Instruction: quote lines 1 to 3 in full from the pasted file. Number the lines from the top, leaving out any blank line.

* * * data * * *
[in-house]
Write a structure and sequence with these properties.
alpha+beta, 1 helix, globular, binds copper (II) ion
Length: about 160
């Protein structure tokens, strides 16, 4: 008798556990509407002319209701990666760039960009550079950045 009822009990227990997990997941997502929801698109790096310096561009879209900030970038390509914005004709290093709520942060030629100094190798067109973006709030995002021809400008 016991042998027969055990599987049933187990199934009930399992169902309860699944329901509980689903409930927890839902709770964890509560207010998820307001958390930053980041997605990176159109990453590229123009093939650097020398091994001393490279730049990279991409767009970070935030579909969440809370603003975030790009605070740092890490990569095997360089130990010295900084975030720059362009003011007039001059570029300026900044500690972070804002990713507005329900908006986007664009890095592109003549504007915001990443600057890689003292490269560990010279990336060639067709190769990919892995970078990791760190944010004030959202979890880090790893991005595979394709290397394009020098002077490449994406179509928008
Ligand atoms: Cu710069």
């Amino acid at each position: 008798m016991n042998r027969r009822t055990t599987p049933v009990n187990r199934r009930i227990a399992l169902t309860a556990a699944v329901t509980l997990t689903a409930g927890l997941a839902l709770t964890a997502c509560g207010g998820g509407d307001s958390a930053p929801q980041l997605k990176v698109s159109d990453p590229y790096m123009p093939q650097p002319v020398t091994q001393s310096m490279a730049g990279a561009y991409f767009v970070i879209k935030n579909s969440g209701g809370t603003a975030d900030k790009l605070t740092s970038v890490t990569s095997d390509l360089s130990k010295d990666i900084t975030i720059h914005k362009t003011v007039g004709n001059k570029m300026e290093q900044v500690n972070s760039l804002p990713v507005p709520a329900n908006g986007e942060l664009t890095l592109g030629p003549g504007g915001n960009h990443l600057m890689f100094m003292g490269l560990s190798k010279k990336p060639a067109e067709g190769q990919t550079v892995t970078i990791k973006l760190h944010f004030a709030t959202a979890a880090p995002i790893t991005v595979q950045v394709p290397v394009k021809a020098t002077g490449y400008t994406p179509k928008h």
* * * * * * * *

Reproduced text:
[in-house]
Write a structure and sequence with these properties.
alpha+beta, 1 helix, globular, binds copper (II) ion